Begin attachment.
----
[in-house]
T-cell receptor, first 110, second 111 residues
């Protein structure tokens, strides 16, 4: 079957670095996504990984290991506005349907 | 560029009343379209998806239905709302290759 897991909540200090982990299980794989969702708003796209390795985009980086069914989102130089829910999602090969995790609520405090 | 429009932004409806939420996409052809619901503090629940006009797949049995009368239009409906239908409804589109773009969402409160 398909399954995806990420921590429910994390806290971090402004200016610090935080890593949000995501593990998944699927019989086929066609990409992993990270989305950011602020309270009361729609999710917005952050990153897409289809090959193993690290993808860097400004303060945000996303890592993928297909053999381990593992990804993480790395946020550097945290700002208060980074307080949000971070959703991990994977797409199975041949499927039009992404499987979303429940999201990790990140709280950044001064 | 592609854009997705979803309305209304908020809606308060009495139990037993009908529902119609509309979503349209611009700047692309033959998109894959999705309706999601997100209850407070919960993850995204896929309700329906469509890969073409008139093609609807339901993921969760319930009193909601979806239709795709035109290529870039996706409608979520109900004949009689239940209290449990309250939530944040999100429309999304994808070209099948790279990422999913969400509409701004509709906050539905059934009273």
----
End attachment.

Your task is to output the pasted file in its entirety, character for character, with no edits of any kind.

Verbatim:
[in-house]
T-cell receptor, first 110, second 111 residues
């Protein structure tokens, strides 16, 4: 079957670095996504990984290991506005349907 | 560029009343379209998806239905709302290759 897991909540200090982990299980794989969702708003796209390795985009980086069914989102130089829910999602090969995790609520405090 | 429009932004409806939420996409052809619901503090629940006009797949049995009368239009409906239908409804589109773009969402409160 398909399954995806990420921590429910994390806290971090402004200016610090935080890593949000995501593990998944699927019989086929066609990409992993990270989305950011602020309270009361729609999710917005952050990153897409289809090959193993690290993808860097400004303060945000996303890592993928297909053999381990593992990804993480790395946020550097945290700002208060980074307080949000971070959703991990994977797409199975041949499927039009992404499987979303429940999201990790990140709280950044001064 | 592609854009997705979803309305209304908020809606308060009495139990037993009908529902119609509309979503349209611009700047692309033959998109894959999705309706999601997100209850407070919960993850995204896929309700329906469509890969073409008139093609609807339901993921969760319930009193909601979806239709795709035109290529870039996706409608979520109900004949009689239940209290449990309250939530944040999100429309999304994808070209099948790279990422999913969400509409701004509709906050539905059934009273």